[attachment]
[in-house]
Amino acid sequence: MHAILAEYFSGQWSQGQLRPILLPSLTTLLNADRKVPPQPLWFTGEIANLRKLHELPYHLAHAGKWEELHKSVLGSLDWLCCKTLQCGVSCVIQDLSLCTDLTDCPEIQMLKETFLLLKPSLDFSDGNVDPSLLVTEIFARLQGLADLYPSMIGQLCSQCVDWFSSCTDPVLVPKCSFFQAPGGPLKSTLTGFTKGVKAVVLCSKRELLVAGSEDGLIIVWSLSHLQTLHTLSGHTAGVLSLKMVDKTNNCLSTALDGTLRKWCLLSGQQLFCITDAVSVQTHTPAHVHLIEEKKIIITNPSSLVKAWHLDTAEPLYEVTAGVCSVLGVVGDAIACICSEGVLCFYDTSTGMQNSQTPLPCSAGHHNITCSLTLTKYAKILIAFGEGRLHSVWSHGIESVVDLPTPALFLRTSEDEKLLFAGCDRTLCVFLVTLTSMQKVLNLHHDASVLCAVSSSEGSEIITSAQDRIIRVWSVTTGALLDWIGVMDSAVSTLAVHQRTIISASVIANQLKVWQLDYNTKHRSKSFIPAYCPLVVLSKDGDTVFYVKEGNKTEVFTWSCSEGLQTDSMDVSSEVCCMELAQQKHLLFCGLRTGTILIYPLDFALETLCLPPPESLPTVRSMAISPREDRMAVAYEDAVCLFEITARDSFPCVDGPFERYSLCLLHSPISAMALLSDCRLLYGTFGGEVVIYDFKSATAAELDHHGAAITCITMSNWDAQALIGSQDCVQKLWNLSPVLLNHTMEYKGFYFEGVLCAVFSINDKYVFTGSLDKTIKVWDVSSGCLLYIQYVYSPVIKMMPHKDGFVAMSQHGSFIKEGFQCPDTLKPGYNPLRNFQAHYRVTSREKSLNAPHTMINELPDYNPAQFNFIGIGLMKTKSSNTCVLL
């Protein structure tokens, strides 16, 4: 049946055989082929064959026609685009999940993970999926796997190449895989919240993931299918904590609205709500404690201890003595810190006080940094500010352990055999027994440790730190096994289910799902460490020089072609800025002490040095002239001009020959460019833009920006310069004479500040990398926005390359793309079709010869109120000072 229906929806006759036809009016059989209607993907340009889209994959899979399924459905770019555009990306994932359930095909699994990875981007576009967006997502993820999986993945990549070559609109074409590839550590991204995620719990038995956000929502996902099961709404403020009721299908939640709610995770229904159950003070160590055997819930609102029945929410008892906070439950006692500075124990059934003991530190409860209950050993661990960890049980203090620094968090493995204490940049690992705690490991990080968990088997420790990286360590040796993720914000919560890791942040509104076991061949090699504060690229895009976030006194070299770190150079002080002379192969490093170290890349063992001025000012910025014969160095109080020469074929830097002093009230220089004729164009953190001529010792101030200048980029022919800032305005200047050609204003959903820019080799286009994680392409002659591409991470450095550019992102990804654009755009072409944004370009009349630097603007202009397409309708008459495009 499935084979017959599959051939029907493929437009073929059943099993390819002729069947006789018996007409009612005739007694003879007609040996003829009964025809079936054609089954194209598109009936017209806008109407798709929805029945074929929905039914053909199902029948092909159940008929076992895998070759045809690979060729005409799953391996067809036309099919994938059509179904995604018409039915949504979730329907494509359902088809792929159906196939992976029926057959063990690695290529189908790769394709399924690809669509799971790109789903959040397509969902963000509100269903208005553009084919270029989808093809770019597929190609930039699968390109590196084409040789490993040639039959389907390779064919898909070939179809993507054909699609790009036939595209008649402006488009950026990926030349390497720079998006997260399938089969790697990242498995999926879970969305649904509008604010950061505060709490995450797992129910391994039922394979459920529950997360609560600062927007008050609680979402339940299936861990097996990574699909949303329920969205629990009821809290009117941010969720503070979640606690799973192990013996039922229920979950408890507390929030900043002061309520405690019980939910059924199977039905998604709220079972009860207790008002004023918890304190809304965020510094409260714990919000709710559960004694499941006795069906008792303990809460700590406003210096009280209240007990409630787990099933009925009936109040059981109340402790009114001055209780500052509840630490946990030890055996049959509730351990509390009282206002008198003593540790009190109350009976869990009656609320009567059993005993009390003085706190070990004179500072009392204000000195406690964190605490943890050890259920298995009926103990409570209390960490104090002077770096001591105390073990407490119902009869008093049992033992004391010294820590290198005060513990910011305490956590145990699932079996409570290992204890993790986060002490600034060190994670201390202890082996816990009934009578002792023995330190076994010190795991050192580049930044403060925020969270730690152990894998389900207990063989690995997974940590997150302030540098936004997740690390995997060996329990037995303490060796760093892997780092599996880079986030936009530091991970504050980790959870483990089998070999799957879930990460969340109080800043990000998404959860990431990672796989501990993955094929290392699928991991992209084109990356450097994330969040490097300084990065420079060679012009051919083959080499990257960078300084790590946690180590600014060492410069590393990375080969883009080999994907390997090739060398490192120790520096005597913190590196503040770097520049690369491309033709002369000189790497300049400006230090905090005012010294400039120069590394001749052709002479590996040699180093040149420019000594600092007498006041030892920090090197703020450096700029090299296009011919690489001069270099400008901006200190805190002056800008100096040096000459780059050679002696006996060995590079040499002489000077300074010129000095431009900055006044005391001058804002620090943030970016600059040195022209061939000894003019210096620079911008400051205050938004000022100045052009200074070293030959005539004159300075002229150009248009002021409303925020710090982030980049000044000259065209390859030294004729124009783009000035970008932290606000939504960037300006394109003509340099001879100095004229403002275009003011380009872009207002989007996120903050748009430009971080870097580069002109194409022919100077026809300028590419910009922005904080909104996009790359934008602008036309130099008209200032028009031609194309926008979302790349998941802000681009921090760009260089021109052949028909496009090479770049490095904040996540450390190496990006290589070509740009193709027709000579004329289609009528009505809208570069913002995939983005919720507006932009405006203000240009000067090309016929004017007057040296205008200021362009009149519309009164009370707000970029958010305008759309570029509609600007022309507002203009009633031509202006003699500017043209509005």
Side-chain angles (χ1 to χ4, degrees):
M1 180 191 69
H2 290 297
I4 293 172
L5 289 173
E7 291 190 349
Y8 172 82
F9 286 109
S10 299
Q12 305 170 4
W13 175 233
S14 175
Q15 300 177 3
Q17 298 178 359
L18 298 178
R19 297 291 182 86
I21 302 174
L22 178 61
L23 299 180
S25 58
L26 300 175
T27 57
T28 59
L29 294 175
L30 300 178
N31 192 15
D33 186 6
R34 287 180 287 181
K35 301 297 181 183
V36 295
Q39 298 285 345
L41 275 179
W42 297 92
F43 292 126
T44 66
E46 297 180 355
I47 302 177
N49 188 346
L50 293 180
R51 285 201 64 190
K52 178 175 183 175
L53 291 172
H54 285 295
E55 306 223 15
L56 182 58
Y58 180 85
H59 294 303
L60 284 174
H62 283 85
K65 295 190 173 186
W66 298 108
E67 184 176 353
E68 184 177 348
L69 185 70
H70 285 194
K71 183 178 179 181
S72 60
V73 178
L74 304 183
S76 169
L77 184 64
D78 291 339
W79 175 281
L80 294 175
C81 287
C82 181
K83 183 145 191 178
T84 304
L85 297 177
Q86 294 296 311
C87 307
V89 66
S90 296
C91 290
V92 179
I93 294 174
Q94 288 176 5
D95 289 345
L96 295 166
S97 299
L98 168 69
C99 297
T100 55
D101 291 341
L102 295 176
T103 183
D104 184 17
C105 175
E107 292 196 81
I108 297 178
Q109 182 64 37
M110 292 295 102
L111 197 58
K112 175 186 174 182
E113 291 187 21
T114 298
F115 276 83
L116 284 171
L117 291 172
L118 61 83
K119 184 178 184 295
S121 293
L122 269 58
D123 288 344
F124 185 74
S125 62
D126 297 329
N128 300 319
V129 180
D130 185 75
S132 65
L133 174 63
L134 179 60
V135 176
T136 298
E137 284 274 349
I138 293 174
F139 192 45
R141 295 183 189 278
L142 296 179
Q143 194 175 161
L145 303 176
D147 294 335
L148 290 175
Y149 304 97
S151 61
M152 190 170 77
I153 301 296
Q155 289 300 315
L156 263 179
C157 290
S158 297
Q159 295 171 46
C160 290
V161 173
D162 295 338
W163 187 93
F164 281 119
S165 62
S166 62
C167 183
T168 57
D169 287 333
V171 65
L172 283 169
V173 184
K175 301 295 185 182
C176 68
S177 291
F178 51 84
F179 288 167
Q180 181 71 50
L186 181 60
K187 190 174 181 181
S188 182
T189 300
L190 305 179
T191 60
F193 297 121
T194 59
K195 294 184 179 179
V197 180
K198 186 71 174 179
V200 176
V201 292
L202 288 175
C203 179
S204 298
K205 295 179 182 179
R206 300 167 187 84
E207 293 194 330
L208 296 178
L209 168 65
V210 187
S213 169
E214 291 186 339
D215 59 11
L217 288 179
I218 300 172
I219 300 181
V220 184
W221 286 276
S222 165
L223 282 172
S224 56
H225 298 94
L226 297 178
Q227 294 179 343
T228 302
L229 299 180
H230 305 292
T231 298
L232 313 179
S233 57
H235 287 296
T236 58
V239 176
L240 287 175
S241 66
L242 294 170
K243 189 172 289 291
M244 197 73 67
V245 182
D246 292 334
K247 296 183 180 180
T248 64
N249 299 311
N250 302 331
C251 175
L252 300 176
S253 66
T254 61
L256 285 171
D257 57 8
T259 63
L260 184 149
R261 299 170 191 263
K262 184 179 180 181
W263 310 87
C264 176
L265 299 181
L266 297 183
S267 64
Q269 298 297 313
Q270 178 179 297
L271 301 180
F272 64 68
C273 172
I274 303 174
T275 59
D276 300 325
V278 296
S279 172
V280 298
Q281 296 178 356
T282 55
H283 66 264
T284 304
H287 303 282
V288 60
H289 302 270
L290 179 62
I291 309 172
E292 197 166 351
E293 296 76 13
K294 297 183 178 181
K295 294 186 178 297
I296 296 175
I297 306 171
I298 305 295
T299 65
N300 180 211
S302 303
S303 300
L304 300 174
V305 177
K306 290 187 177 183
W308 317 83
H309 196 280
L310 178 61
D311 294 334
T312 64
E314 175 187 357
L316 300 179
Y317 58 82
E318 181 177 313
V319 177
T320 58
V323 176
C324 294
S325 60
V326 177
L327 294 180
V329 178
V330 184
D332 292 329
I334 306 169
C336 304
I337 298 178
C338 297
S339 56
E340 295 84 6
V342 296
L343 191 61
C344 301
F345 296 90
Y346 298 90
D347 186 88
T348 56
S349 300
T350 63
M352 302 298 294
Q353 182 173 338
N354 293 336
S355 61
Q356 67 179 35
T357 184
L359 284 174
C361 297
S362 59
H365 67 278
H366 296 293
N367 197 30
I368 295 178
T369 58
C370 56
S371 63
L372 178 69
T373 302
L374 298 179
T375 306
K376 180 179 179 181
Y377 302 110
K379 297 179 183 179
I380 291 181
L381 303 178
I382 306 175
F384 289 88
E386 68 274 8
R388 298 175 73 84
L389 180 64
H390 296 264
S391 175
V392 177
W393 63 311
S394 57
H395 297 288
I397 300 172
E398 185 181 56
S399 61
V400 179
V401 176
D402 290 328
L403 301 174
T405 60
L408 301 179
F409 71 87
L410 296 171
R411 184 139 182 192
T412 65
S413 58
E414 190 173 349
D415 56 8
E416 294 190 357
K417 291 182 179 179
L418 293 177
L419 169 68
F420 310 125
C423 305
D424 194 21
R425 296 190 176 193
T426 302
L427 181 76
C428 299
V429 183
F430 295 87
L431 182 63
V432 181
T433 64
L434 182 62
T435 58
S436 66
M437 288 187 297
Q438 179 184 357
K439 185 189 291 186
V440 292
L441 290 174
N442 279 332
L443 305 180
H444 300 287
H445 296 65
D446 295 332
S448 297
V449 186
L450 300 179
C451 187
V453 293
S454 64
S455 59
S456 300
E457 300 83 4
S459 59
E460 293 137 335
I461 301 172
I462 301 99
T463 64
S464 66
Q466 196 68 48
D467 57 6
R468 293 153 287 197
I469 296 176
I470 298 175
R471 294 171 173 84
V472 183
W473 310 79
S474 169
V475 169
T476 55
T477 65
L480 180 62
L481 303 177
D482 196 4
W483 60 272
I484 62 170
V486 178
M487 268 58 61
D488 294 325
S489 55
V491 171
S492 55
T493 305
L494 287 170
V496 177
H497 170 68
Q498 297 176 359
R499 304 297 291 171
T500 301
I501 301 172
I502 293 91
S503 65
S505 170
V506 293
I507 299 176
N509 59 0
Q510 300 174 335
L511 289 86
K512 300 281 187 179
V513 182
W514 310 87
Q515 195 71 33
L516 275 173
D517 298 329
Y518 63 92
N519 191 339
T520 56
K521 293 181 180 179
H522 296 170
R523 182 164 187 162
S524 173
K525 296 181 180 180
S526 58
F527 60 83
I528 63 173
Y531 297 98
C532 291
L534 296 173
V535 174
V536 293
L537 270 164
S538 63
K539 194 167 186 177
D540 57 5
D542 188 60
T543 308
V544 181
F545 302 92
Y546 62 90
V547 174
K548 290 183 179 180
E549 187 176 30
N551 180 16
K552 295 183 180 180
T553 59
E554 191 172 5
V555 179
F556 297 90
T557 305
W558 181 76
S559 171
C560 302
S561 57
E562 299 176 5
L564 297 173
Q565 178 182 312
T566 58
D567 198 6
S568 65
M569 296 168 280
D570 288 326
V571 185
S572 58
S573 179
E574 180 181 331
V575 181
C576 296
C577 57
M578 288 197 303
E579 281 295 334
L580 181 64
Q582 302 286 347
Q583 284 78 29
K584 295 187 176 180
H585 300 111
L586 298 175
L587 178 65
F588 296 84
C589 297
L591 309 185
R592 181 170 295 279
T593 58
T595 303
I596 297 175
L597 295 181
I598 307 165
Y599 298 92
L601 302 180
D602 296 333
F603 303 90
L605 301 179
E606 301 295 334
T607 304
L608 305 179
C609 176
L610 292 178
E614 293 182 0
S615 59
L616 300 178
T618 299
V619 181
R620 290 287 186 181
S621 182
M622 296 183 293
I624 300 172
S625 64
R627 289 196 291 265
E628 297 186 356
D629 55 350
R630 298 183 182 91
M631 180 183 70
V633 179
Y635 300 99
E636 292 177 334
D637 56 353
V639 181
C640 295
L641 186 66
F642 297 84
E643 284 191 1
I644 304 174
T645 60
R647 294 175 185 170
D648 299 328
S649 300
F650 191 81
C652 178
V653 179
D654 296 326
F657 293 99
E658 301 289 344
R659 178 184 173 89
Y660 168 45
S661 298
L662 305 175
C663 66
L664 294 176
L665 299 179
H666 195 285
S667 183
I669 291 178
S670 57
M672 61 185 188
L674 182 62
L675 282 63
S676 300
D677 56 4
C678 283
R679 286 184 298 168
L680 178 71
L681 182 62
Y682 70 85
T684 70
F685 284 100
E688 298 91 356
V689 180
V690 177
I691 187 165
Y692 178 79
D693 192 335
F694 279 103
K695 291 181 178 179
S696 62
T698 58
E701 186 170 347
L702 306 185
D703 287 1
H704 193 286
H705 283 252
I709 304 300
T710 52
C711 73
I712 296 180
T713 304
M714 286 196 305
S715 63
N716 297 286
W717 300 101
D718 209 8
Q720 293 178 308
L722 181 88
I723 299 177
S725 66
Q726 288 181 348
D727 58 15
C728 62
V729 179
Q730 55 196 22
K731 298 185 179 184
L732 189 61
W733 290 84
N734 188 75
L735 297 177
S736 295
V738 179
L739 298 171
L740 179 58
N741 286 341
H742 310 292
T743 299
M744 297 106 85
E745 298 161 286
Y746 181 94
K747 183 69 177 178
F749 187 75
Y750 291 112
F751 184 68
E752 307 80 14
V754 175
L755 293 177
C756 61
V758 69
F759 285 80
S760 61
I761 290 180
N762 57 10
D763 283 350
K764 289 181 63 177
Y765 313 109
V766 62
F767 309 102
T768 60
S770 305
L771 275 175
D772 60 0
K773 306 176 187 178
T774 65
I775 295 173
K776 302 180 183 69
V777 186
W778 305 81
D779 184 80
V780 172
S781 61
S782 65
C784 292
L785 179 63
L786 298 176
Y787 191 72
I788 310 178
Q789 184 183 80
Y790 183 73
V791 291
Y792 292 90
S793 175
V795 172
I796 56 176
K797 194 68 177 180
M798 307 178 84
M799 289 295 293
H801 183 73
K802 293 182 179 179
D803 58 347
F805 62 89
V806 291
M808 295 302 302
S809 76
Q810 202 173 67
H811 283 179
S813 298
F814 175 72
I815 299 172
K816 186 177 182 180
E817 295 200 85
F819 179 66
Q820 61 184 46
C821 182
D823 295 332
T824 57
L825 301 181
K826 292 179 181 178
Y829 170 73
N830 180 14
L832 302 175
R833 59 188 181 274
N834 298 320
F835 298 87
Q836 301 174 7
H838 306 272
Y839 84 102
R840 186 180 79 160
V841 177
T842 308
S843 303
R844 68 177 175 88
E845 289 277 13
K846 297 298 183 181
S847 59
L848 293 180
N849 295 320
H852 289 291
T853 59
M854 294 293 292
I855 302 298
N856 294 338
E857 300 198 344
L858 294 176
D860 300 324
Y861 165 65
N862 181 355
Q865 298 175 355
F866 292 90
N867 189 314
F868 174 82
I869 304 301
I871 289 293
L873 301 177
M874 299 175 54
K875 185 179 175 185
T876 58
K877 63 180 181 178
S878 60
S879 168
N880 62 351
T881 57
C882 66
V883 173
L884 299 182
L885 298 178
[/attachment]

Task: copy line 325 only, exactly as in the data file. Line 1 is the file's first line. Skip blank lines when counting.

H390 296 264